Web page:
This is the story of getting stranded in China. Not quite the airport layover I expected when purchasing tickets from Hong Kong to Tokyo by way of Dalian. (I should note that—as I write about this adventure—I arrived safely in Japan yesterday.)
Maybe the Air China check-in staff at Hong Kong International Airport should have been my first clue? They expressed concern that neither Sarah nor I had valid China visas in our passports; though from previous experiences we were confident that our less-than-24-hour layover was allowed. Plus, what airline would sell a fly-through ticket if it were not possible to use? After an extended wait, the Air China staff were able to reach Dalian International Airport via telephone and confirm that, yes, we would be just fine to transition there onward. We were told to seek airline staff once we arrived.
Landing in China, however, the single-runway airport was almost entirely shut down for the evening; no gate staff greeted us and we were perhaps the only two non-Chinese aboard the flight. At China customs and immigration we presented our passports, arrival cards (with the visa section untouched) and a printout of our itinerary for the next morning (as Air China had not yet provided boarding passes for that flight). Tension rose as the customs official took our passports, asking us to wait at which point he and other officials conferred in Chinese. Waiving us over to another desk we waited anxiously and watched as we received on-the-spot visas for China and were waived into the country.
Trouble found us maybe a half-hour later after we had settled in a quiet section of the main terminal. A security guard with limited English skills asked us why we were there and we explained our ongoing flight was early in the morning; he acknowledged this but insisted we had to leave the airport. By this point in the evening (maybe midnight) the temperature was maybe -11 degrees Celsius and we had no Chinese cash (yuan) nor any idea of where to go or what to do. After a few minutes stumbling around the dark airport, we found an ATM and were fortunate our banks allowed withdrawals even without a travel notice to China. With some 2,000 yuan (equivalent to some $200 USD) we headed into the cold evening in search of a taxi.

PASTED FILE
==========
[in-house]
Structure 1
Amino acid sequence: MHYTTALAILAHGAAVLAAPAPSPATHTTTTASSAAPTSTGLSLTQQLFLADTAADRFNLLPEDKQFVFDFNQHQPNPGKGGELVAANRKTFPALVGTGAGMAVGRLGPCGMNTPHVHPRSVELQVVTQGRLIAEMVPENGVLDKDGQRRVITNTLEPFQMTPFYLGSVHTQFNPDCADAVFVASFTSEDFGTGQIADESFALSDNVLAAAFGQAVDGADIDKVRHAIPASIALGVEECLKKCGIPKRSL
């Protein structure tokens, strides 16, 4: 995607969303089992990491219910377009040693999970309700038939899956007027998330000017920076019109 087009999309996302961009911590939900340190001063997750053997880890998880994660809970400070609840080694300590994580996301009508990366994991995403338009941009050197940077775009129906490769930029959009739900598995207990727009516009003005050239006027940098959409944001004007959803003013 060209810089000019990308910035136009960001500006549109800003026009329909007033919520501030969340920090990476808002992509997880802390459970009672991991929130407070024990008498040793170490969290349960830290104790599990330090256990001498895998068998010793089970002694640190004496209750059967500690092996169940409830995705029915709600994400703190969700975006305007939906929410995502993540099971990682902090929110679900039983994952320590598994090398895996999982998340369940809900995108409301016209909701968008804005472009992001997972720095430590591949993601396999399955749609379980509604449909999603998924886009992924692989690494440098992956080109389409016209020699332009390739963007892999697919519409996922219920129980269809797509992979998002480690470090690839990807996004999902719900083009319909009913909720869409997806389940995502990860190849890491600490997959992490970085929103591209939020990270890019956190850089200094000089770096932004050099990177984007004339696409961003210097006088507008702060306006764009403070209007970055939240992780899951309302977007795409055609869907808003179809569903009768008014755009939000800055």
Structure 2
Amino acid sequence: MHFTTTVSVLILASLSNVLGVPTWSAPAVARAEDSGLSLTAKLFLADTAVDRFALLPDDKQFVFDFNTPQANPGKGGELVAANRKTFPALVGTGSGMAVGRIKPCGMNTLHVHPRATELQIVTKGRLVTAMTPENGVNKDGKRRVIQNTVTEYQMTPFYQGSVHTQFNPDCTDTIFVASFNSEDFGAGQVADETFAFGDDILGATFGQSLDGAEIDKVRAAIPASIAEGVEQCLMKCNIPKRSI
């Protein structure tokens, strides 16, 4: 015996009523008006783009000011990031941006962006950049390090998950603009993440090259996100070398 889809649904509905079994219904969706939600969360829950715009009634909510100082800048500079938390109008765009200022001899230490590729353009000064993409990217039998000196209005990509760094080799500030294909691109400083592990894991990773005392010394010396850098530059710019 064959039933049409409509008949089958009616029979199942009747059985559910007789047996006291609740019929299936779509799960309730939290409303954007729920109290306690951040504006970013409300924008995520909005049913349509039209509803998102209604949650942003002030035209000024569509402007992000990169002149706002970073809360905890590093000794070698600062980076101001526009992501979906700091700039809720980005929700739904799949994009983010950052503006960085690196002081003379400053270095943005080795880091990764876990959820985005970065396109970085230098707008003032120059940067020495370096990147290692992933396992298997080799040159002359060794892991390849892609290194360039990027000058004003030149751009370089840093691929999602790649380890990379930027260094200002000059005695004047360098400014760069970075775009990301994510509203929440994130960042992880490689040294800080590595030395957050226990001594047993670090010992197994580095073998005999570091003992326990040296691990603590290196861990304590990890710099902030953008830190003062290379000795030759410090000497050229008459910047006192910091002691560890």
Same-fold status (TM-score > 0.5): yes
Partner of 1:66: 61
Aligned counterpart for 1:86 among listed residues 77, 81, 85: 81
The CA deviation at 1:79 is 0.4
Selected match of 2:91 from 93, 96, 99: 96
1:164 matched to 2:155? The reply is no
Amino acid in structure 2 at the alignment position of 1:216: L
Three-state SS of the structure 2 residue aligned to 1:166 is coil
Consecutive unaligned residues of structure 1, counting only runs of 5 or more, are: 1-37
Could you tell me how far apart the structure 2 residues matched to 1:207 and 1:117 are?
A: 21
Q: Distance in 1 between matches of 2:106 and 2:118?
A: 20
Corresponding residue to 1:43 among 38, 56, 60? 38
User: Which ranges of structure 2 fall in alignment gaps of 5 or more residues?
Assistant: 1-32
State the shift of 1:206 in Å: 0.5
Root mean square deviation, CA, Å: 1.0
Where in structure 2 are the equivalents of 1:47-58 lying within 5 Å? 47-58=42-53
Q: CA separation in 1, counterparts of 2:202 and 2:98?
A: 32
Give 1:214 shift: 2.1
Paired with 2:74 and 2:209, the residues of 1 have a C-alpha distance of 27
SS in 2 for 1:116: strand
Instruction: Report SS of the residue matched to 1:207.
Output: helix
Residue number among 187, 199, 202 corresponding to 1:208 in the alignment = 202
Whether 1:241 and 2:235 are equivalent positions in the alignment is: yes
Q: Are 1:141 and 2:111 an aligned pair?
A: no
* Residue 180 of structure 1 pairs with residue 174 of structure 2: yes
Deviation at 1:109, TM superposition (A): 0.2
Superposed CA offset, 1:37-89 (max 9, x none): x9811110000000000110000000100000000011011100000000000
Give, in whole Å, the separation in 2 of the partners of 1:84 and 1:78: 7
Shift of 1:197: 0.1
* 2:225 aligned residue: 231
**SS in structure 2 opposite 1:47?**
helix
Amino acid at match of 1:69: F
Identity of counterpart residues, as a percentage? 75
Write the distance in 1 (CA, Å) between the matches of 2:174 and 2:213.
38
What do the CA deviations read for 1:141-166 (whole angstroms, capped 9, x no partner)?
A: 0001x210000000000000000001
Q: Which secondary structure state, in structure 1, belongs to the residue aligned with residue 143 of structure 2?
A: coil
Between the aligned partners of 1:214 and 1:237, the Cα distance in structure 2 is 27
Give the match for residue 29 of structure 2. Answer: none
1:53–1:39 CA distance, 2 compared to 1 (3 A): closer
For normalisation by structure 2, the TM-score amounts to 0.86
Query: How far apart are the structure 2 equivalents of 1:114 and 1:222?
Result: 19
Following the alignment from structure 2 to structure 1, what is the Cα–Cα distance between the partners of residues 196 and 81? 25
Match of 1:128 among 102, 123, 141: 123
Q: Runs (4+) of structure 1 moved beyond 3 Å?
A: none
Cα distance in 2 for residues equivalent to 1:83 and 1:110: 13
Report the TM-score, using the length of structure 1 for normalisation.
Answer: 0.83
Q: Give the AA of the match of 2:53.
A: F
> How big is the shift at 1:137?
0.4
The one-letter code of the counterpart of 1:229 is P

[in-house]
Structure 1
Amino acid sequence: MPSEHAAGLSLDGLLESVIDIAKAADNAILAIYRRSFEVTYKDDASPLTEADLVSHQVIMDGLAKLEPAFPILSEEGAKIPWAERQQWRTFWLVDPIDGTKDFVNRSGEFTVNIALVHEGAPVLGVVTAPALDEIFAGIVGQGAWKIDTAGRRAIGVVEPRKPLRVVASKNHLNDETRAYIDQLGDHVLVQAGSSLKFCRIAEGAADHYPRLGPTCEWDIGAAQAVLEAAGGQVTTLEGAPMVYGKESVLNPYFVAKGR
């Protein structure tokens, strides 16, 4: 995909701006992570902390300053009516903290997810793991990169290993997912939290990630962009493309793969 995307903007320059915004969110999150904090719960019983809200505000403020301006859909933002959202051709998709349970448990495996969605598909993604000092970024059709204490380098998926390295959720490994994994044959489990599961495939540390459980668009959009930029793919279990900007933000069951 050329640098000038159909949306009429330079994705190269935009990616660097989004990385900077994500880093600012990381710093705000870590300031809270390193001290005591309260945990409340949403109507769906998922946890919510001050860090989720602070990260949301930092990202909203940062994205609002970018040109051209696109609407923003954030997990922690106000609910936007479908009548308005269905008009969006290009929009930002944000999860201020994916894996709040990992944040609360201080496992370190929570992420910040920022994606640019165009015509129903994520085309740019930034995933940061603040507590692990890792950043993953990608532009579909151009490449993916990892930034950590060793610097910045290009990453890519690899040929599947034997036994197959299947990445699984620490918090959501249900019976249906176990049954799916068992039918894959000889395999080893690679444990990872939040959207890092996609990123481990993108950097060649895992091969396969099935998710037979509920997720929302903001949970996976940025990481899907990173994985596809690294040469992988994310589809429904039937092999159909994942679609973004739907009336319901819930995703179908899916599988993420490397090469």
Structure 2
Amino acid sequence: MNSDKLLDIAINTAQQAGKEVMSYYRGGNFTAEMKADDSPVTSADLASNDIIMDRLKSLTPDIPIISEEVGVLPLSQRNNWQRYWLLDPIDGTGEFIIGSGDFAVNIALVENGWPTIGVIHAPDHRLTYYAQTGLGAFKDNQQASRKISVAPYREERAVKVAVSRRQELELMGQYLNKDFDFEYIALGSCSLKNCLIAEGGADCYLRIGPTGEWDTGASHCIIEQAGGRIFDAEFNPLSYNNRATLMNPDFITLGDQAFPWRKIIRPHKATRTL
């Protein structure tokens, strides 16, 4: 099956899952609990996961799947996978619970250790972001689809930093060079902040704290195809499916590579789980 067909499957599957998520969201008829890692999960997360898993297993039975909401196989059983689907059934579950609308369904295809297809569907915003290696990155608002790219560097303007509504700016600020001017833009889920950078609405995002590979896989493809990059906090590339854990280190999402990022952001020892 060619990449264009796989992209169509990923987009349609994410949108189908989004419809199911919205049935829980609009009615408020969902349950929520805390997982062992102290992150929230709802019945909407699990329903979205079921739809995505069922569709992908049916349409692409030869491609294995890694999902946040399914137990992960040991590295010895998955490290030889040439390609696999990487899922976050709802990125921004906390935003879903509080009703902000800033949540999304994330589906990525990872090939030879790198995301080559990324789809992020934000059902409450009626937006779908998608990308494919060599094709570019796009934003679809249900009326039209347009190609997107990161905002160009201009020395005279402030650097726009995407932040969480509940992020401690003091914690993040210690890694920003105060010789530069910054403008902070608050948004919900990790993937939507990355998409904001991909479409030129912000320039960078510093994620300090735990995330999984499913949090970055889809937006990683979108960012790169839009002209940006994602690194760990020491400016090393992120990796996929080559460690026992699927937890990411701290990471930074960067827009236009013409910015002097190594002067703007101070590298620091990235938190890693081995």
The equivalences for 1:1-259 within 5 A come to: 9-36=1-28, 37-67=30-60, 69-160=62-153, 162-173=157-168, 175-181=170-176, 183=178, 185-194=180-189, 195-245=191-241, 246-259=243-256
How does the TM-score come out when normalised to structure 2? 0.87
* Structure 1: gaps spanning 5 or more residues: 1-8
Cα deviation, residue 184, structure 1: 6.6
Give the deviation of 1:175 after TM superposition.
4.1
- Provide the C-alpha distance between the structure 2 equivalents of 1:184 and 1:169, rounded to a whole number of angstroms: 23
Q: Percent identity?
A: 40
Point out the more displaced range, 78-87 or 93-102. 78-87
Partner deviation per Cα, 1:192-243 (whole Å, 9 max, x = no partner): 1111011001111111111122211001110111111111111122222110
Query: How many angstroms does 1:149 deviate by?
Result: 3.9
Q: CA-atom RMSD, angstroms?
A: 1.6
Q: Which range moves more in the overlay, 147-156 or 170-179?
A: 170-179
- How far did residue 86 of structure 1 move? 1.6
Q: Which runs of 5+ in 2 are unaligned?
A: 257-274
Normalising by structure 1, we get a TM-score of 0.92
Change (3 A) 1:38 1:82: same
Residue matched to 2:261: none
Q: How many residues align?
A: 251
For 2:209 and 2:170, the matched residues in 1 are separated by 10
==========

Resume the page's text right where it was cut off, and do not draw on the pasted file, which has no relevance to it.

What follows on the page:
If I had to define that moment, it was a mix of anger and confusion and terror. In a foreign country with no knowledge of the language—nor little reciprocation from locals—relatively little cash and frigid evening temperatures, I found myself genuinely concerned for the first time during this adventure. Having a traveling companion was maybe the most important aspect for staying composed and confident; though I was anything but. Try as I might, none of the passengers remaining in the terminal spoke English. Without reliable internet, we were on our own.
Travel often requires trust and reliance upon the kindness of strangers. Even more than that, getting into a cab or venturing into foreign places involve risks. It comes down to mitigating risk and making smart choices, generally just being aware and smart. But finding ourselves lost in Dalian? Frightening.
Stumbling past taxi stands and a few personal vehicles, we happened across a booth with mostly Chinese but also two English words: bus tickets. Sadly, neither of the young agents could comprehend English though that did not dissuade them. As we turned to leave, they excitedly motioned for us to stay as the guy pulled out his mobile phone. Handing it to me, I found a woman on the other end of the line with limited conversational English; I thankfully conveyed that we needed a “cheap hotel near the airport” to which she had me hand the phone back to its owner while they conferred. The phone was passed back-and-forth for maybe five minutes at which point the woman quoted a price (400 yuan, or some $60 USD) and said a bus would take us there. While awaiting the shuttle, the two staffers invited us inside their heated booth and out of the cold. A minivan arrived and took us into Dalian where we found a cozy—and completely quiet—hotel. We checked-in around 1:30 am.
Awake some five hours later, we hailed a taxi to the airport. Again, English failed though we could share our destination with the driver via my iPhone’s map—which itself had conveniently changed all information into Chinese. Checking-in at the international terminal, we were through immigration and customs and out of China at 8:55 am.
I’ll be avoiding China moving forward. But at least I have the stamp in my passport?